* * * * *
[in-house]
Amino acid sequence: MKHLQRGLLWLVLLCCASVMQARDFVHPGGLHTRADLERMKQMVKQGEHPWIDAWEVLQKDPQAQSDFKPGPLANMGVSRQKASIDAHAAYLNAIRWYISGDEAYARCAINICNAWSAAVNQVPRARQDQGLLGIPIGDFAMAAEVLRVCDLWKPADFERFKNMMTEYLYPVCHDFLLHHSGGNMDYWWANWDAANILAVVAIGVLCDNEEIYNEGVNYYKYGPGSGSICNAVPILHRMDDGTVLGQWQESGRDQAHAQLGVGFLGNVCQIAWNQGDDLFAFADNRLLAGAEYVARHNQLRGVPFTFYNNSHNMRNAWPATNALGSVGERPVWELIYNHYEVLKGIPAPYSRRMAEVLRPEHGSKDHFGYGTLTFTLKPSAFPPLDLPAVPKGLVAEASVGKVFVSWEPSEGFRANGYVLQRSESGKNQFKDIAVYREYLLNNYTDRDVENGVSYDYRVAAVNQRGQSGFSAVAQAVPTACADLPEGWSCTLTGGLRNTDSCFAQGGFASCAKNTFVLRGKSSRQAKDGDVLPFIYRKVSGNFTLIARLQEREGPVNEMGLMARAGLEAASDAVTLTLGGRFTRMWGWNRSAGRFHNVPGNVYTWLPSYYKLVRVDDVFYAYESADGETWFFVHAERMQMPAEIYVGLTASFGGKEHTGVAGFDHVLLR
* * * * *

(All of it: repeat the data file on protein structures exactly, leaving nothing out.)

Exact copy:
[in-house]
Amino acid sequence: MKHLQRGLLWLVLLCCASVMQARDFVHPGGLHTRADLERMKQMVKQGEHPWIDAWEVLQKDPQAQSDFKPGPLANMGVSRQKASIDAHAAYLNAIRWYISGDEAYARCAINICNAWSAAVNQVPRARQDQGLLGIPIGDFAMAAEVLRVCDLWKPADFERFKNMMTEYLYPVCHDFLLHHSGGNMDYWWANWDAANILAVVAIGVLCDNEEIYNEGVNYYKYGPGSGSICNAVPILHRMDDGTVLGQWQESGRDQAHAQLGVGFLGNVCQIAWNQGDDLFAFADNRLLAGAEYVARHNQLRGVPFTFYNNSHNMRNAWPATNALGSVGERPVWELIYNHYEVLKGIPAPYSRRMAEVLRPEHGSKDHFGYGTLTFTLKPSAFPPLDLPAVPKGLVAEASVGKVFVSWEPSEGFRANGYVLQRSESGKNQFKDIAVYREYLLNNYTDRDVENGVSYDYRVAAVNQRGQSGFSAVAQAVPTACADLPEGWSCTLTGGLRNTDSCFAQGGFASCAKNTFVLRGKSSRQAKDGDVLPFIYRKVSGNFTLIARLQEREGPVNEMGLMARAGLEAASDAVTLTLGGRFTRMWGWNRSAGRFHNVPGNVYTWLPSYYKLVRVDDVFYAYESADGETWFFVHAERMQMPAEIYVGLTASFGGKEHTGVAGFDHVLLR